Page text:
City of Darkness, City of Light,
in which an apprentice is hanged by the neck until dead for stealing a loaf of bread. Women of that time lived with a fear that may be hard for us to understand: that desire or even true love could kill; that to become pregnant when you do not want to is to enter a world of illegality and danger, of uncertainty and pain.
In a world before
Roe v. Wade,
women faced the experience of forced motherhood, of signing babies away, of abortions carried out without anesthetics. There was also a very real fear of bringing shame on your family, of losing your scholarship or job, of being forced to drop out of school and perhaps not being able to return, of ruining your relationships, of arrest and imprisonment, of accidental sterility, of infection and pain, of death. Even after death, the shame would continue. Dying of an abortion was not at all uncommon, but usually covered up. Such a death would be a newspaper scandal if revealed, so it would be concealed if the family were able to persuade the doctor to fudge the cause of death (“her heart stopped”). When abortion was illegal, an estimated 40 percent of maternal deaths were from botched abortions or self-inflicted abortions. You could die a great many ways then: of bleeding to death, of septicemia, of tetanus.
revolves around the friendship of two women in and after college. The main protagonist, Jill, is the closest I have ever come to basing any fictional character on myself, and this is one of the few times I’ve written fiction in the first person. It was a tremendous loosening and, to this day, I love the style of this book. Of any prose I’ve written, I think it’s closest to the way I think and speak, except for my poetry. It is not a truly autobiographical novel, although some episodes are similar to or the same as what I’ve done and gone through in my own life. If you read my memoir
Sleeping with Cats,
you can tell the difference.
is more of a large, intricate structure built on events of those years, some of which are drawn from lives far different than my own.
At the core of this novel is what young women’s lives were like when they were forbidden to have sex outside marriage, although probably a majority of them did so anyhow. It depicts what it was like when contraception for unmarried women was as difficult to come by as the Republicans would like to make it today. It tells what happened to women when abortion was illegal and anticipates how women—yes, women, not politicians, not the Supreme Court—forced the issue until they had gained control over their own fertility.
The two main characters in this book come from Michigan’s industrial working class: Jill from Detroit, Donna from Flint. Jill is Jewish, although mostly in a cultural sense. Donna was raised Catholic. Both struggle with their sexual identities, their ambitions, and their relationships with men—in one case the same rich, cold, manipulative Freudian, Peter, who pits them against each other and almost destroys their friendship.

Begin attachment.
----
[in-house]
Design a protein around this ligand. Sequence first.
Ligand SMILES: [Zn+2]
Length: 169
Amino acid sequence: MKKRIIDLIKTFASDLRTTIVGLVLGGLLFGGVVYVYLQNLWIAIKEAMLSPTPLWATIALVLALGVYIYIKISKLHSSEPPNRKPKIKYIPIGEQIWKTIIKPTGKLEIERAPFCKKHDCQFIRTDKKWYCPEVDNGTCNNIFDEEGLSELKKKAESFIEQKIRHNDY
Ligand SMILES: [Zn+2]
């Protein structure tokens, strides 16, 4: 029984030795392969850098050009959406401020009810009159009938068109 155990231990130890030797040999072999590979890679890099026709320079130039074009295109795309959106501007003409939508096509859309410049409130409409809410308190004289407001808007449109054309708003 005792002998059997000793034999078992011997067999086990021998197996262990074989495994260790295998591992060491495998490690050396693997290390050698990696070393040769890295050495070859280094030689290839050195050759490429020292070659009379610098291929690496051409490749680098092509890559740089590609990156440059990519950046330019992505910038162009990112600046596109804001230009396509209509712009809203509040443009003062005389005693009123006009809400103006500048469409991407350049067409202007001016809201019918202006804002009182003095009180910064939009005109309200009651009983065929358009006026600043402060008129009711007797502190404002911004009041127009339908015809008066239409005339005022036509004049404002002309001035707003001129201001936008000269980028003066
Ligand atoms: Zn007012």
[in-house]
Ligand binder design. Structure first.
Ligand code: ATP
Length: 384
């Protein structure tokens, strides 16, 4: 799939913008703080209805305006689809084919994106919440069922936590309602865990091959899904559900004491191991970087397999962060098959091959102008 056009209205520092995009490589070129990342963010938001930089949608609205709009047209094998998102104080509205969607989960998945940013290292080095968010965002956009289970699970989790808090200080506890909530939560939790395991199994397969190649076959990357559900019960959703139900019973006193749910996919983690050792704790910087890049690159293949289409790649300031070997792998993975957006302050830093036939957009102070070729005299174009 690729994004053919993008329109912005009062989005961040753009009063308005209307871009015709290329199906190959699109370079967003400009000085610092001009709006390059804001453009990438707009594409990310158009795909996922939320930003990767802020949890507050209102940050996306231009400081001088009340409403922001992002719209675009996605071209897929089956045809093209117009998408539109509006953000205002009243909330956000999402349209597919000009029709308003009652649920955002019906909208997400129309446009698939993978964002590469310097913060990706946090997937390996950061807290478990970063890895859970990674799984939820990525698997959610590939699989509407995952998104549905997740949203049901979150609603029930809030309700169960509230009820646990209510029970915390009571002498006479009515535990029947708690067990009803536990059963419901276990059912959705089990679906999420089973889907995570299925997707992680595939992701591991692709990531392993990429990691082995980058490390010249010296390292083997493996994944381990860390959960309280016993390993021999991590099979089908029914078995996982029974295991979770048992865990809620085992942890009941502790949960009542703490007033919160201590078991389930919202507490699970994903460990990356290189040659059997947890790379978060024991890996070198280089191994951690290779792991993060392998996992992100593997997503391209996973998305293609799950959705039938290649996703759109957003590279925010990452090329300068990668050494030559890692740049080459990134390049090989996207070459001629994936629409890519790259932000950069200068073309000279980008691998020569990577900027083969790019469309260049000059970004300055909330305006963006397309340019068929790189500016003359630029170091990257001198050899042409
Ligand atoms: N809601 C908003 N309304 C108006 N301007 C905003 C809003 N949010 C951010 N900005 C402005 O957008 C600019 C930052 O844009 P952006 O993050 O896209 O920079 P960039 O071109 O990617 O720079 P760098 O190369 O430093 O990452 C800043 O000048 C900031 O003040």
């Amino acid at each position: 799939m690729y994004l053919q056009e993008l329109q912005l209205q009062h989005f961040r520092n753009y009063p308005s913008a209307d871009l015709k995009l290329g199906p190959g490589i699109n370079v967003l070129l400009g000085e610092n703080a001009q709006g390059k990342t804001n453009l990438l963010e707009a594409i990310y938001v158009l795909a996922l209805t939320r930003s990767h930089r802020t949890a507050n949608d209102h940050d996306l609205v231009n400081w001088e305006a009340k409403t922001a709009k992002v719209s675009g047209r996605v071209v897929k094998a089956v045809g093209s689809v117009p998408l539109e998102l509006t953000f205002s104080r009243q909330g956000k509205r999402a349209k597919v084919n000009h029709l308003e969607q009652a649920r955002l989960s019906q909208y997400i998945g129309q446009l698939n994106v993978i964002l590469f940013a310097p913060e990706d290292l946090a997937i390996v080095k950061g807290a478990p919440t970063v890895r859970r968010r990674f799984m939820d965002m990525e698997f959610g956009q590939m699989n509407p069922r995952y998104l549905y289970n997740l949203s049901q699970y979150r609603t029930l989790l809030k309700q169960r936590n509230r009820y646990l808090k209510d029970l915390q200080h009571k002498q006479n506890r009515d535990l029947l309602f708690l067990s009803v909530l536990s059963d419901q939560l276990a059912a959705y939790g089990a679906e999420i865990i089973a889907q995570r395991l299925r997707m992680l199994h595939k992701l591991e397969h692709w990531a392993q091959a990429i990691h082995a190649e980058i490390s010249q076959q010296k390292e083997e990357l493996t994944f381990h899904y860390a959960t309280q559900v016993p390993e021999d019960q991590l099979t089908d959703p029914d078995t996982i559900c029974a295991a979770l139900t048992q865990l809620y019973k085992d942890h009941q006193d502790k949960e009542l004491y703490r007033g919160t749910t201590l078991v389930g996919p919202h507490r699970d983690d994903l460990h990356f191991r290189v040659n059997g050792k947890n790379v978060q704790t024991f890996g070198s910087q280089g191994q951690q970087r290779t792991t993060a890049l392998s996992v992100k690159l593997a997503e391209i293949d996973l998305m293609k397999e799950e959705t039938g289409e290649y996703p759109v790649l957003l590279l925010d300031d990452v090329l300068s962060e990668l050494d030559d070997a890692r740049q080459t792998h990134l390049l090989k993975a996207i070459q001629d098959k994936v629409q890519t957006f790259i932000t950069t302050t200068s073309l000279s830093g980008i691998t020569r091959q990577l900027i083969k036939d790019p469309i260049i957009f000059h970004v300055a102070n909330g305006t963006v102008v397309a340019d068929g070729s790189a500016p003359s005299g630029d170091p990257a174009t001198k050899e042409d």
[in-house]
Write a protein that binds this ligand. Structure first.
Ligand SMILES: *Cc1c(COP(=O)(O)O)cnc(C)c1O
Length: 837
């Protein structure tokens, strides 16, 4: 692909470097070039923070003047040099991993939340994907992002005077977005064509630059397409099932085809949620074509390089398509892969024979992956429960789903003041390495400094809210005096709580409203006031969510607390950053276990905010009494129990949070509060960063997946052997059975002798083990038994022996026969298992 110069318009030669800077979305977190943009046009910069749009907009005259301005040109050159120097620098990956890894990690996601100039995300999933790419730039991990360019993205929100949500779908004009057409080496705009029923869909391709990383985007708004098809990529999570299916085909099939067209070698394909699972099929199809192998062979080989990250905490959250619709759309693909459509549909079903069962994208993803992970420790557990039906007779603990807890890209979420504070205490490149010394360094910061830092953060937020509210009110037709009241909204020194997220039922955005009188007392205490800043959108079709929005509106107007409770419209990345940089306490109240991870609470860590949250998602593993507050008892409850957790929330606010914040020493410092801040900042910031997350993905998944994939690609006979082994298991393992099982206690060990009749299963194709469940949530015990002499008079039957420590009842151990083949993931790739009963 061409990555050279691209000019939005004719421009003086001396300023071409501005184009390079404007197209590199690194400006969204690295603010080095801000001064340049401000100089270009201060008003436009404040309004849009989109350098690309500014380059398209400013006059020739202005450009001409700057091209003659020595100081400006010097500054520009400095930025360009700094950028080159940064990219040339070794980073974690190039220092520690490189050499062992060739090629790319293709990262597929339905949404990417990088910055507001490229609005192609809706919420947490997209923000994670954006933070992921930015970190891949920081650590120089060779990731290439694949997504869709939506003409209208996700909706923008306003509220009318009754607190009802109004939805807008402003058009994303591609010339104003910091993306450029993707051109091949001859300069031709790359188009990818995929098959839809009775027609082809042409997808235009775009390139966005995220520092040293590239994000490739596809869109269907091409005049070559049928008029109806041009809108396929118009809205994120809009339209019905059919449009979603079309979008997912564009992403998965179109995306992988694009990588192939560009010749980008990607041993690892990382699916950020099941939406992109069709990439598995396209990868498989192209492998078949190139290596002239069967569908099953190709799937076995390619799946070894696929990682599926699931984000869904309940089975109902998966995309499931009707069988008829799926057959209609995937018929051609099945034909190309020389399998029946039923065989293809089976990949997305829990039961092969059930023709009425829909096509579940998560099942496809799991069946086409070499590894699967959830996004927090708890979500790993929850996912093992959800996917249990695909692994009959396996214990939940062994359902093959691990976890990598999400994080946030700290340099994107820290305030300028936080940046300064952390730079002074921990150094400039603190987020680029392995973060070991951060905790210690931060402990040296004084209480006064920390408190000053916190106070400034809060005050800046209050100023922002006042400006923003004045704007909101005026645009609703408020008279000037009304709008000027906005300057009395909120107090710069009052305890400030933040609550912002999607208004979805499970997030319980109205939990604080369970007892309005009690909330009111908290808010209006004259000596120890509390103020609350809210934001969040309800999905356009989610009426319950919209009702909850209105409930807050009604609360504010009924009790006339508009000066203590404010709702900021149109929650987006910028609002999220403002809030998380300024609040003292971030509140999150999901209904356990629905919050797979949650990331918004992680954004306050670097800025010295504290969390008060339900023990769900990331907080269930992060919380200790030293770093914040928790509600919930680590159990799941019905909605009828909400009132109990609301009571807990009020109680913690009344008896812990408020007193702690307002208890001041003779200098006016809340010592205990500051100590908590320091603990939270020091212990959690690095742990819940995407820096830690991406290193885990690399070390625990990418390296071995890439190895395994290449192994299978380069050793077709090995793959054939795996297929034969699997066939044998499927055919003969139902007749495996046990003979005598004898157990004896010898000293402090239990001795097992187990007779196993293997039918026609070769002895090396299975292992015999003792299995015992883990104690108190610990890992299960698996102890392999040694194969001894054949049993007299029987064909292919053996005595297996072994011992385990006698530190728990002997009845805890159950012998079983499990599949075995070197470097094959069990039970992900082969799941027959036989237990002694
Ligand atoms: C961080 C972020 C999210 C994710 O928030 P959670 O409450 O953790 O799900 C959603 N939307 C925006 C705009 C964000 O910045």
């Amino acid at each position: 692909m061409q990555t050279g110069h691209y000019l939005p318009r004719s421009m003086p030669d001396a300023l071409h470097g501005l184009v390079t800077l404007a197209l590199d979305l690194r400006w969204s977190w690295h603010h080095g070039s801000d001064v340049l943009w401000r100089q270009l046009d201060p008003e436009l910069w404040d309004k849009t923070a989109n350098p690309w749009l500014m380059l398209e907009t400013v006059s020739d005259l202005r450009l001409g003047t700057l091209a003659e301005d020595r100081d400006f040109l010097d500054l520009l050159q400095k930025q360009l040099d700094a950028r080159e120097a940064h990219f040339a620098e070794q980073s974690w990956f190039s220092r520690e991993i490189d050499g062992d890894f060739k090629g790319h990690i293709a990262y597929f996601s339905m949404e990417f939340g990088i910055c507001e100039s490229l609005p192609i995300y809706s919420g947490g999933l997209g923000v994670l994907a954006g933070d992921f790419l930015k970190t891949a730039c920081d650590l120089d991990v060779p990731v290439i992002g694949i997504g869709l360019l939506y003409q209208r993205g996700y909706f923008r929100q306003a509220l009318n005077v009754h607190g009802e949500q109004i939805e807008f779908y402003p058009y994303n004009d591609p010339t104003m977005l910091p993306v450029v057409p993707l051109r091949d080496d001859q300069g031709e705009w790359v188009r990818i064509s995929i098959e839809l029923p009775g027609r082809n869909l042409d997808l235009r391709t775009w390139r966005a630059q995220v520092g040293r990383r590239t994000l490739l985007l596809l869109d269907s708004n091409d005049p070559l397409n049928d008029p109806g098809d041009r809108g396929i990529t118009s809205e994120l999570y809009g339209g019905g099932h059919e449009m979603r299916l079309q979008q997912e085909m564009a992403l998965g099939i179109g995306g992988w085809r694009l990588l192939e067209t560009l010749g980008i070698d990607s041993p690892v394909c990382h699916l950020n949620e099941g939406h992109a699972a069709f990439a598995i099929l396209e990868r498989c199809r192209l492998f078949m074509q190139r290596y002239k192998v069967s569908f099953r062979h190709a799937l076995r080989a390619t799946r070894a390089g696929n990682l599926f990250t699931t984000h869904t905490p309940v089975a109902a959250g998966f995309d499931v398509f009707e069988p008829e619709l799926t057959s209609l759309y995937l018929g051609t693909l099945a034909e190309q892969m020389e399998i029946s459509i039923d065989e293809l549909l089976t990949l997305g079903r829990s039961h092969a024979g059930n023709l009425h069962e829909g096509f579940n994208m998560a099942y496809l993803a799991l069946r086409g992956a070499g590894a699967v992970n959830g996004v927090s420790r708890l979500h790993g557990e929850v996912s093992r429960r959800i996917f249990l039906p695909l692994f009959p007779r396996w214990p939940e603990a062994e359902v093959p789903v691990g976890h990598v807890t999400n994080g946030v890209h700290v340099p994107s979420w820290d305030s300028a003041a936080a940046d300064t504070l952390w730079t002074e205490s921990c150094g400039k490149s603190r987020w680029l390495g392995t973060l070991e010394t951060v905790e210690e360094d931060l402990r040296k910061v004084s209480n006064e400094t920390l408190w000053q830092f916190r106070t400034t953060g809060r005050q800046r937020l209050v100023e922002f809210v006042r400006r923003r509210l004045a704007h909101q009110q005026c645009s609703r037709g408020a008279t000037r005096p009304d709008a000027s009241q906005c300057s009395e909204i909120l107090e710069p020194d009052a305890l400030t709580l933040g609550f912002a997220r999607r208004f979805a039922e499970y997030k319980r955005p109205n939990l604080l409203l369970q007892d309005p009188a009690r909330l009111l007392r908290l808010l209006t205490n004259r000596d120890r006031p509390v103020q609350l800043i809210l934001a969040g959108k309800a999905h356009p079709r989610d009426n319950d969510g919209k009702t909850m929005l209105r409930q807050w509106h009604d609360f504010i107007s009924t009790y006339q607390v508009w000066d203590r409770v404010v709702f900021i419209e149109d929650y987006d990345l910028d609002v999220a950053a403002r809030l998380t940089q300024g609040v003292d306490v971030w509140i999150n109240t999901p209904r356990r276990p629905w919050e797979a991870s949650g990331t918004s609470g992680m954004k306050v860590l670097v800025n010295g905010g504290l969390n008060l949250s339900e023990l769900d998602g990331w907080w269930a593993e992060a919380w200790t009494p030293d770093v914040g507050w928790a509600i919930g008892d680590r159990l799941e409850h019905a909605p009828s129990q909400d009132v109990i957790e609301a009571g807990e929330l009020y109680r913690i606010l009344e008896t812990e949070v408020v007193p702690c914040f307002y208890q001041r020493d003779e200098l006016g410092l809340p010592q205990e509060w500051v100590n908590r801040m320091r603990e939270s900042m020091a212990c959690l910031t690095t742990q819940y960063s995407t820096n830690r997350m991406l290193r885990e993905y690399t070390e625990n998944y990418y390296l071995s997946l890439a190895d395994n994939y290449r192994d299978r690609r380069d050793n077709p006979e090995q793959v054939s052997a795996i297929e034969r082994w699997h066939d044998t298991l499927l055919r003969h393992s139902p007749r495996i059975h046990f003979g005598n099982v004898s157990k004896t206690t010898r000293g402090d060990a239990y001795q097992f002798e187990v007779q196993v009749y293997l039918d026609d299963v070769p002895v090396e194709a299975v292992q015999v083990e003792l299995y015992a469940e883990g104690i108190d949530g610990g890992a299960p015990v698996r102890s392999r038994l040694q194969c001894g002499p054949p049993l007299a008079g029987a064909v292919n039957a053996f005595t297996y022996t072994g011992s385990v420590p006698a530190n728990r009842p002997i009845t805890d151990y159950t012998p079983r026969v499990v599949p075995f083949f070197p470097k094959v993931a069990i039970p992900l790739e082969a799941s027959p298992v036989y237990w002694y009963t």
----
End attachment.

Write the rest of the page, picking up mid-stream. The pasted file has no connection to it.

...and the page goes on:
The novel is full of the cultural wars of the fifties; the incipient, mostly underground, political ferment that led to the sixties; the rebellion of women against the rigid sex roles (and the equally rigid clothing and undergarments that fill some aging men with desperate nostalgia) that emerged later in the women’s movement; and the desire for something other than the conventional straitjackets of marriage that ruled those times. It centers on what it was like to be a woman when the men who hate female sexuality had full control of the laws and the medical establishment and the work and social options available to a girl coming of age.
is also full of vividly created characters: Jill, dark and street-smart, falls in love easily until it almost kills her. Jill is seeking to find her way as a poet, seeking a way to be authentic in her relationships. A bit of a thief and an adventurer, inchoately political, she is a survivor who compares herself to an alley cat. Donna—a fragile, pretty blond—hopes to find security and fulfillment through men, while compulsively using sex as obliteration. Mike, Jill’s first adult relationship, is a follower of Ezra Pound and D.H. Lawrence—a heady mental cocktail of the era—who tries to dominate and control Jill absolutely. Howie is Jill’s friend from high school and emerges as her strongest relationship and most powerful lover, but he is also the same for Stephanie, the flirtatious coquette who believes that a set of rules will guarantee success in the game of love that she plays using perennially renewable virginity.